By Ayren Jackson-Cannady
For every mile we log, we exert about 200,000 pounds of pressure on each foot. Here's how to injury-proof some of your favorite pairs.
The narrow shape can crowd toes, leading to a bunion (enlargement of the bone around the big toe) or hammertoes (when digits bend), says Marc A. Brenner, DPM, a podiatrist in Glendale, New York.
Search for peep-toes that have a wider toe box. Hint: You should be able to wiggle your toes in various directions -- up and down and side to side.
With no arch support, your tootsies can expand, stretching their ligaments and causing pain and possibly heel problems, says Suzanne Levine, DPM, a podiatric surgeon in New York City.
Before you buy, feel inside to make sure the bottoms have padding around the arch. No cushion? Slip in a pair of orthotic insoles for immediate comfort.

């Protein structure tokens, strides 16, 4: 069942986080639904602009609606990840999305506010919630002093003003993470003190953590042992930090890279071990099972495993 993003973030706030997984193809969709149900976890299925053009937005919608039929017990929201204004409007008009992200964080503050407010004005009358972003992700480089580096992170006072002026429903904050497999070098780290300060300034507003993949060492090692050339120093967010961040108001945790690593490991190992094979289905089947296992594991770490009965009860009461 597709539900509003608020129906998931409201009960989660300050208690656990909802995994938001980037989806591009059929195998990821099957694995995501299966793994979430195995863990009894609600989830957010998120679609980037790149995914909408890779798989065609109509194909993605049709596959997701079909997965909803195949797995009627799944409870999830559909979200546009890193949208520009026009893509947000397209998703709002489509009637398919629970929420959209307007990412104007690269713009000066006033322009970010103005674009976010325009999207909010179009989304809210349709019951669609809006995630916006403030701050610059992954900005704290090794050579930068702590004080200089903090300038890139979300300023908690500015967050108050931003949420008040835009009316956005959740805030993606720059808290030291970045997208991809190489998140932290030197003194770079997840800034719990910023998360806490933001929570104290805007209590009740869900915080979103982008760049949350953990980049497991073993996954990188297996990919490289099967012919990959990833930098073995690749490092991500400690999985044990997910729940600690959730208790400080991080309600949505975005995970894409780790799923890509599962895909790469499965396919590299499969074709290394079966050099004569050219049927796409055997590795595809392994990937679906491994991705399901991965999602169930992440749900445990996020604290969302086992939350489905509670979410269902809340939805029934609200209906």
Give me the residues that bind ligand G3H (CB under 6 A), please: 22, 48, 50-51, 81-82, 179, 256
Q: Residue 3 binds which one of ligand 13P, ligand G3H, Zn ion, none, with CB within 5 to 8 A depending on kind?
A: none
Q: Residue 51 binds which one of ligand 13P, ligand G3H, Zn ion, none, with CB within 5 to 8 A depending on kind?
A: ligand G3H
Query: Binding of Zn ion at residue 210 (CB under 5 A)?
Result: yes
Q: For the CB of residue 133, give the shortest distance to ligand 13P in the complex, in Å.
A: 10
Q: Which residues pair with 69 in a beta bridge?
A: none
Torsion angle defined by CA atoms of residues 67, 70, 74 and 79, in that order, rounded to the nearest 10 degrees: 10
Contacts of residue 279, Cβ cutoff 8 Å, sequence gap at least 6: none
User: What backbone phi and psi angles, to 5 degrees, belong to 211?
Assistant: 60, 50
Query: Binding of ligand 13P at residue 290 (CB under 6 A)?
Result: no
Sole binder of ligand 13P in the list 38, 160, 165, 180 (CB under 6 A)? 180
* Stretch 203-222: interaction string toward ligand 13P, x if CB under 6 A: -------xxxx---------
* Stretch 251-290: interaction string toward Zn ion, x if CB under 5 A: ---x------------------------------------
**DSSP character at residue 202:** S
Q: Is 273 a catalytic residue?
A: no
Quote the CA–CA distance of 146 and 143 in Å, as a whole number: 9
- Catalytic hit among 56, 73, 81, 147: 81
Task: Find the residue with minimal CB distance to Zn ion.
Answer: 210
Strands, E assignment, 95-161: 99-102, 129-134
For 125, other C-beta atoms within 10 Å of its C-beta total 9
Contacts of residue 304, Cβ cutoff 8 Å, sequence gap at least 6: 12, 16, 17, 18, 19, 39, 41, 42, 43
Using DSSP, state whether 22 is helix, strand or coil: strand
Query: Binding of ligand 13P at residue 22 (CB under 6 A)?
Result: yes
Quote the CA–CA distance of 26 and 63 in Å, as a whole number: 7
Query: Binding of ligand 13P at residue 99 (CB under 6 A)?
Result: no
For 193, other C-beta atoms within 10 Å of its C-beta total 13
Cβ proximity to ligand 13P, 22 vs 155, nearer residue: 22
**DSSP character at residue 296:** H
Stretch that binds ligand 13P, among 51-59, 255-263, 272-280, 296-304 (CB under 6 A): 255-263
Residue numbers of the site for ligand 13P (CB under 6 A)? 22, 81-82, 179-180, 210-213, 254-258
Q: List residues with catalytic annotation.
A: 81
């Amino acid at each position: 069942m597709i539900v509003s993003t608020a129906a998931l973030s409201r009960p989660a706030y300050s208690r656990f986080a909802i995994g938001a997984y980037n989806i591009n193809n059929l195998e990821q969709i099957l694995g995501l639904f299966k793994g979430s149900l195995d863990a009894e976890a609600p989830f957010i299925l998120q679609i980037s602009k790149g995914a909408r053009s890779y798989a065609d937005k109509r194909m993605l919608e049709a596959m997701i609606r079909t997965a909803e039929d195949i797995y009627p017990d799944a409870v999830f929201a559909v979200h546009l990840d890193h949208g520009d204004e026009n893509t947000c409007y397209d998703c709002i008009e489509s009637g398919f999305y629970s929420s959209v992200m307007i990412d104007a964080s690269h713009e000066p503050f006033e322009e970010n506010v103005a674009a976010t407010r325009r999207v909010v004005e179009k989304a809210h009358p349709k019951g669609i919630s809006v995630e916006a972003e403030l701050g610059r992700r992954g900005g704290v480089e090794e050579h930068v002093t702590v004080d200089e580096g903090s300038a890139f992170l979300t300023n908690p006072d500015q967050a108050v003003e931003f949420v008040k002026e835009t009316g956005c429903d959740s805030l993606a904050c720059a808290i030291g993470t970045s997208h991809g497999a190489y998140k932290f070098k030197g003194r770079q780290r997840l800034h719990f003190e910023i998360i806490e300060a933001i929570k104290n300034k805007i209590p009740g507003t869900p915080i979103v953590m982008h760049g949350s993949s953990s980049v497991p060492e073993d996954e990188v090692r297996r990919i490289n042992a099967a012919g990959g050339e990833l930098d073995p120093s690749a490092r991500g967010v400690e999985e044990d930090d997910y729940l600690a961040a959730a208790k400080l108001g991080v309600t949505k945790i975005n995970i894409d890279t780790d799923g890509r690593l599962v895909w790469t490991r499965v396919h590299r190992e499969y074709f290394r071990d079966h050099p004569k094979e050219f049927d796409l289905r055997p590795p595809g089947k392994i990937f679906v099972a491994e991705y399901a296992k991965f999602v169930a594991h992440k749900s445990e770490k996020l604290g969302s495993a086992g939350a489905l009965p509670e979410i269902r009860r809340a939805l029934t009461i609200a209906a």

Even a low heel (think one inch) can increase pressure on the bones in the balls of your feet by 22 percent, leading to blisters, corns, and calluses.
Cushion the fronts of your heels with adhesive padding. Commute to work in your sneakers and change shoes when you get to the office.
Since this footwear has zero arch support, the continuous gripping of your toes when you walk can cause hammertoes. Plus, ongoing exposure to dirt, sand, and heat radiating from concrete can lead to dry patches and calluses.
Wear them no more than five hours at a time outdoors. Apply a moisturizer like H2O Plus Hand and Foot Smoother Retexturizing Seaweed Therapy ($20, h2oplus.com) twice a day to soften skin.
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